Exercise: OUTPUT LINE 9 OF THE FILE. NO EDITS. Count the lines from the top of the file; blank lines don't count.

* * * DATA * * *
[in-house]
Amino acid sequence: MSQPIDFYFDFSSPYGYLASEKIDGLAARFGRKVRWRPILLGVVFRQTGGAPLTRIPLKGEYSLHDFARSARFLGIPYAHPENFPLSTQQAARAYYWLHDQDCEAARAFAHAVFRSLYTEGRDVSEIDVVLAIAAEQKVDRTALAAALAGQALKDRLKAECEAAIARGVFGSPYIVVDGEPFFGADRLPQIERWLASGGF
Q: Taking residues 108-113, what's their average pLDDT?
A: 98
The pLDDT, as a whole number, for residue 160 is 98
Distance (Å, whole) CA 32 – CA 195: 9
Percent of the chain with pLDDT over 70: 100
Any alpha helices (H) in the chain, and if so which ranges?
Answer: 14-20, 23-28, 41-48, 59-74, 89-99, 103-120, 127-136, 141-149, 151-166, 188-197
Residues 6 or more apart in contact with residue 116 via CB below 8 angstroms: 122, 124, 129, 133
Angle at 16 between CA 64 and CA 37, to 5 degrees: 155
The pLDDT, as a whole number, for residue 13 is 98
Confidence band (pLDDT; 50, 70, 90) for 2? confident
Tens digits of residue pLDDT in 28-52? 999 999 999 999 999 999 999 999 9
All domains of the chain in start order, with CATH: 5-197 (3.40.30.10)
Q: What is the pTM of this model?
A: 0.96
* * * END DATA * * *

Answer: 14-20, 23-28, 41-48, 59-74, 89-99, 103-120, 127-136, 141-149, 151-166, 188-197